The forbidden waters of the Pennypack

Al­though swim­ming is not al­lowed at Pennypack Park, people use cer­tain area of the river to cool off dur­ing the Ju­ly heat, Fri­day, Ju­ly 27, 2012, Phil­adelphia, Pa. (Maria Pouch­nikova)

Sur­roun­ded by an un­for­giv­ing land­scape of brick and mor­tar, con­crete and as­phalt, Pennypack Park presents North­east Phil­adelphia with a 1,400-acre oas­is of tower­ing shade trees, grassy mead­ows and shim­mer­ing streams.

On mid-sum­mer days, when the sizz­ling city pave­ment va­por­izes every drop of mois­ture, the Pennypack is like a long, cool drink of wa­ter to hun­dreds of hikers, jog­gers, bi­cyc­lists, fish­er­men and pic­nic-go­ers.

It also might of­fer true serenity and nat­ur­al beauty, if not for the many ab­users who seem to vi­ol­ate most park reg­u­la­tions with im­pun­ity.

Park ad­voc­ates say the vi­ol­a­tions range from il­leg­al swim­ming and burn­ing to lit­ter­ing, loud mu­sic and curfew vi­ol­a­tions. On some days, sec­tions of the Pennypack re­semble a beach re­sort more than they do a nature pre­serve. Yet, by all ac­counts, re­l­at­ively little is be­ing done to en­force the rules, which are there to pro­tect vis­it­ors.

There simply aren’t enough park rangers to cov­er the ter­rit­ory ef­fect­ively. Mean­while, Phil­adelphia po­lice of­ten have their hands full with more ser­i­ous crimes in the neigh­bor­hoods.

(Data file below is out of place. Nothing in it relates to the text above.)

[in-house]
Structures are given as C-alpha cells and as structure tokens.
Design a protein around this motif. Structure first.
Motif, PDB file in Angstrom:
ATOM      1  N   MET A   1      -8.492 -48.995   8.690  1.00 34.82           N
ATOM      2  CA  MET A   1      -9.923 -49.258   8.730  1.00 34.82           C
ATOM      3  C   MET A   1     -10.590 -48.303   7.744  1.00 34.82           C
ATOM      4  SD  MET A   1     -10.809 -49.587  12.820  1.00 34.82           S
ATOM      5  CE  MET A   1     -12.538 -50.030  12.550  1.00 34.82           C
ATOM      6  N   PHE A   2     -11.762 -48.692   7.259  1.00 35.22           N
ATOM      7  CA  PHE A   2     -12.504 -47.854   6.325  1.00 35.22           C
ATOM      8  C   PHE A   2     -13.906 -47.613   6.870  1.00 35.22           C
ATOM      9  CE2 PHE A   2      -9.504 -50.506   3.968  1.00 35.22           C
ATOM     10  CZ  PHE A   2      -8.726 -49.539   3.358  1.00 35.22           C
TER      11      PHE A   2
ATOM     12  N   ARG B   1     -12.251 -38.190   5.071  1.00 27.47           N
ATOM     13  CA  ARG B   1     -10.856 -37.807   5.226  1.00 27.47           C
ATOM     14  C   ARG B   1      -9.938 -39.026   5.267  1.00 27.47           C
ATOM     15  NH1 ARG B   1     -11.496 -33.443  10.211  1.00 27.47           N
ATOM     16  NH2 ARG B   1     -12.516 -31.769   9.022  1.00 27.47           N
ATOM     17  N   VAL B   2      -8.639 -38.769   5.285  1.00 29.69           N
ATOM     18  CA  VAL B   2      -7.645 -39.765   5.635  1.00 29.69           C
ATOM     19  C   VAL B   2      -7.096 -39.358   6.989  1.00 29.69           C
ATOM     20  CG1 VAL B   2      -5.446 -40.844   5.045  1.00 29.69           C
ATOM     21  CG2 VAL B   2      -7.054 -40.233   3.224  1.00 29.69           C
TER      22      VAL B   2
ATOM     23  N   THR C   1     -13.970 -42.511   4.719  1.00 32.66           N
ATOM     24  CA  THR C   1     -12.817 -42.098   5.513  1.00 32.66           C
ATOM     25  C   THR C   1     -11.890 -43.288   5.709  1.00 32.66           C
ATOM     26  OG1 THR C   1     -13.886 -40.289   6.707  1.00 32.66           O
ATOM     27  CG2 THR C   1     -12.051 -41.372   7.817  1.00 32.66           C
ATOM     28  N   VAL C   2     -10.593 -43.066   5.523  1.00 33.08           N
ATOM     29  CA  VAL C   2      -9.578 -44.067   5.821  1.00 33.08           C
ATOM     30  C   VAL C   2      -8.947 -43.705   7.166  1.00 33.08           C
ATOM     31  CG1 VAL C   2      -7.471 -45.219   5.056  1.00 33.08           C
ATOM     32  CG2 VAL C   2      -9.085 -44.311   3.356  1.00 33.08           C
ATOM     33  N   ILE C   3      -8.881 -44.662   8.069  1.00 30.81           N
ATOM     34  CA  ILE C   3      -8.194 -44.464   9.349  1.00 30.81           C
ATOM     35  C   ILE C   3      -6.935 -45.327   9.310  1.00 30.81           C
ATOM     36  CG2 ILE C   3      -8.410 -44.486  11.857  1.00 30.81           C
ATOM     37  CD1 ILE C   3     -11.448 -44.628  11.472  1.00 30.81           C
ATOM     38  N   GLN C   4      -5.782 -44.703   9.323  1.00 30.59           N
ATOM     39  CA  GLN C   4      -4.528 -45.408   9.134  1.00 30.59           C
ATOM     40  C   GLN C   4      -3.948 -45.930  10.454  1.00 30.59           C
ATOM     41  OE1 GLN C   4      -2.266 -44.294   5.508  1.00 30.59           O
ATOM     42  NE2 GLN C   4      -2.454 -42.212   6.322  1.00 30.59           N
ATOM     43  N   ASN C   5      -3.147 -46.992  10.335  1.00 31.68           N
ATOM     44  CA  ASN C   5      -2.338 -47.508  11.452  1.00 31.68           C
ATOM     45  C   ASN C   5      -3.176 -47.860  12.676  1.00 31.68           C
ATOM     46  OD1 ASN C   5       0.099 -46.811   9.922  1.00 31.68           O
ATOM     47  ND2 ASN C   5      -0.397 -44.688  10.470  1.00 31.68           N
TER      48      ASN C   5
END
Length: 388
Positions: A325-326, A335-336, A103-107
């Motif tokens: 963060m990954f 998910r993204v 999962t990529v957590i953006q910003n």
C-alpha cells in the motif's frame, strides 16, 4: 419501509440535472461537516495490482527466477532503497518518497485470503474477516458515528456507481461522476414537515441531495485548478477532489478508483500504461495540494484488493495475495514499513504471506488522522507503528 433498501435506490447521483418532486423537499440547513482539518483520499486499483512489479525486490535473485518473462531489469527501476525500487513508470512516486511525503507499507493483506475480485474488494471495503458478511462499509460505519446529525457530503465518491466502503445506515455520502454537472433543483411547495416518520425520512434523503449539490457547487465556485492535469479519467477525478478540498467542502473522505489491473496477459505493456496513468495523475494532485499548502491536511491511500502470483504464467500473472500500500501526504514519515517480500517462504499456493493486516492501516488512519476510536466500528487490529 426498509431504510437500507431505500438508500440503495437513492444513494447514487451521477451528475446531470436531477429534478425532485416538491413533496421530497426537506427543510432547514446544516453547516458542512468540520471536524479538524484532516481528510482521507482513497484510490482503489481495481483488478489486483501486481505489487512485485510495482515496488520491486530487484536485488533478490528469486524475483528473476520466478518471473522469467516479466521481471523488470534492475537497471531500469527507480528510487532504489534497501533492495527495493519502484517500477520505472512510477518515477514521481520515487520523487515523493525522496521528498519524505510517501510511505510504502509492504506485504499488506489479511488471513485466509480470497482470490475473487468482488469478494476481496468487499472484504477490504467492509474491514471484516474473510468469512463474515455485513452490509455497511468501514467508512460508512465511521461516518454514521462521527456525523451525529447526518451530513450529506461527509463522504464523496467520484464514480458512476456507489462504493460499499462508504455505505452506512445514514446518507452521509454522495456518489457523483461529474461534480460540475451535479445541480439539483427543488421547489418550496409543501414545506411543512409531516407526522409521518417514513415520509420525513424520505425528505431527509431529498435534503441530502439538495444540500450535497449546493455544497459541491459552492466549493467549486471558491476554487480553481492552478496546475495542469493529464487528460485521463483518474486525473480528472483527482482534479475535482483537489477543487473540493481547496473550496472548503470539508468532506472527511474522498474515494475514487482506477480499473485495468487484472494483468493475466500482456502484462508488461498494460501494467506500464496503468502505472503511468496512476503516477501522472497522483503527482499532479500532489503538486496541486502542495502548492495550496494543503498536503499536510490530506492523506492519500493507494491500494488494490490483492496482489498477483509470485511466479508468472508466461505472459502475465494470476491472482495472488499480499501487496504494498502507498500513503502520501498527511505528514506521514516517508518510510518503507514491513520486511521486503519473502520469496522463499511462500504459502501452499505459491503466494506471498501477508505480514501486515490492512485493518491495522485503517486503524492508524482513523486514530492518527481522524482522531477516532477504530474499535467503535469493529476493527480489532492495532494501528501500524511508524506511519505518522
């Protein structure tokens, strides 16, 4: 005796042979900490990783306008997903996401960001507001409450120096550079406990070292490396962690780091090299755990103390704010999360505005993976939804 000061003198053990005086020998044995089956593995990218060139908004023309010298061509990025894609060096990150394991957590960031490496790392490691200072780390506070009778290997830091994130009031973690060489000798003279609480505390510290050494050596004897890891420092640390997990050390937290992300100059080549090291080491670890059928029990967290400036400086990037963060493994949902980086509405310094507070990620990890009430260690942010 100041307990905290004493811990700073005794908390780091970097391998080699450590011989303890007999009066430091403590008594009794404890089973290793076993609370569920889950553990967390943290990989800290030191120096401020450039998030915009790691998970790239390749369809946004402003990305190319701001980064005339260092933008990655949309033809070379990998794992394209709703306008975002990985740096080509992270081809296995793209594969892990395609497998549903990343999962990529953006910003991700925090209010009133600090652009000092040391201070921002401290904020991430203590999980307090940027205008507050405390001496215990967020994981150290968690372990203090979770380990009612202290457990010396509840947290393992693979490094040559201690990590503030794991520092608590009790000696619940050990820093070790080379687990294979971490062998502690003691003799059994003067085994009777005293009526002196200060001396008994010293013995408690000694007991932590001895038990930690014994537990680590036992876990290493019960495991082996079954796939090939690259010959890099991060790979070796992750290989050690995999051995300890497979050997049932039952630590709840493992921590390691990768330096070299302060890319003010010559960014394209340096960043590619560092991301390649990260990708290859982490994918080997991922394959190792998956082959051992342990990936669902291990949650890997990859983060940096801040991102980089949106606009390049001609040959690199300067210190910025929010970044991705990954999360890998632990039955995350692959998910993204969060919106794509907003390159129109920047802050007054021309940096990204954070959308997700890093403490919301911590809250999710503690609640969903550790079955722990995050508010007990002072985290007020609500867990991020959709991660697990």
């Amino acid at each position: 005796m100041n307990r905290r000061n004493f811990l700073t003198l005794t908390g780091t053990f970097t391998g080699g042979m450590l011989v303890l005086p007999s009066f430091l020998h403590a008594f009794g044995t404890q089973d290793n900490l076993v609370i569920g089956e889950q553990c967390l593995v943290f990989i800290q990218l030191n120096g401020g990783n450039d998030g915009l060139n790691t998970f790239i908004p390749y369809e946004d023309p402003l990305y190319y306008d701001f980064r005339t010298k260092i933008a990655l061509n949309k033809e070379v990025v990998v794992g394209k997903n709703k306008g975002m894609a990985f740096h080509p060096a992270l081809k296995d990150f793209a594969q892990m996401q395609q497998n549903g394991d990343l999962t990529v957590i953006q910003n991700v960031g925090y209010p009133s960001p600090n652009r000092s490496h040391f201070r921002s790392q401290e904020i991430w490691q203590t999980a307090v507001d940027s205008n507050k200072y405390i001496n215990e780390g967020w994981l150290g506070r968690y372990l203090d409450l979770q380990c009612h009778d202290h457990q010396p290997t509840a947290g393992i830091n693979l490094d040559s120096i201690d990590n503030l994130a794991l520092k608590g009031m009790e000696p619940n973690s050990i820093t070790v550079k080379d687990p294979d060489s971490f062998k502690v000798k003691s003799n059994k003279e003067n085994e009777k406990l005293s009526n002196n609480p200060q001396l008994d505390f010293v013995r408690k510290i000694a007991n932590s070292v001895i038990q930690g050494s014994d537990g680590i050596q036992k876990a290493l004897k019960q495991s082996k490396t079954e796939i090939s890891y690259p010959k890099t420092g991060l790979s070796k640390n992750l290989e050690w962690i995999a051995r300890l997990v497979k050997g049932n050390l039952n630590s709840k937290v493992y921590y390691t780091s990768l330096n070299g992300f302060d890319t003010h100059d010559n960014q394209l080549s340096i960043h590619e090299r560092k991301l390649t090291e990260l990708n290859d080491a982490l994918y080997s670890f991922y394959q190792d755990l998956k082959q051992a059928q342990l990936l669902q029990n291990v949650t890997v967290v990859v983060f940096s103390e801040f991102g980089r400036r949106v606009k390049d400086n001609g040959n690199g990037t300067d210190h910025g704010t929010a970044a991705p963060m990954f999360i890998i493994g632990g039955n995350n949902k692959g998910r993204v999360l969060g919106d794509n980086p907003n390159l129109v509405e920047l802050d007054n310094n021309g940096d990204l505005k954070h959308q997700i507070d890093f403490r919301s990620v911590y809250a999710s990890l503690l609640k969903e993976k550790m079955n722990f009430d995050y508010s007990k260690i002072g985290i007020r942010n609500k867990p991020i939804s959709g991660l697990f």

“Right now, it’s the trash and the swim­ming, and it’s really get­ting out of hand,” said Jim Ry­an, long­time vice pres­id­ent of the Friends of Pennypack Park. “They trash the park from end to end. It’s sea­son­al. Ju­ly and Au­gust are prob­ably the worst.”


Rule-break­ers were par­tic­u­larly act­ive on Ju­ly 4. Most of the activ­ity seemed con­cen­trated along the park’s primary paved bi­cycle path that winds for 7.5 miles from Frank­ford Av­en­ue near Solly Av­en­ue in Holmes­burg to Pine Road in Fox Chase.

Dozens of groups set up pic­nic sites along the path, which es­sen­tially par­al­lels the park’s name­sake creek. They brought their grills, beach chairs and cool­ers. At some points, the throng of adults and chil­dren was so dense that it be­came im­possible to dis­tin­guish where one party ended and the next one began.

Ac­cord­ing to Barry Bessler, the De­part­ment of Parks and Re­cre­ation’s chief of staff for parks and fa­cil­it­ies, there’s noth­ing wrong with any of that. After all, the Pennypack is pub­lic prop­erty.

Yet, not sat­is­fied with the shade and wispy breeze that day, dozens of folks took ad­vant­age of the en­virons to go for a dip in the creek’s shal­low, slow-mov­ing wa­ters. Not co­in­cid­ent­ally, they ar­rived pre­pared for the oc­ca­sion with their swim­ming trunks and flot­a­tion devices.

Swim­ming seemed to be a primary at­trac­tion, al­though no life­guards were on duty.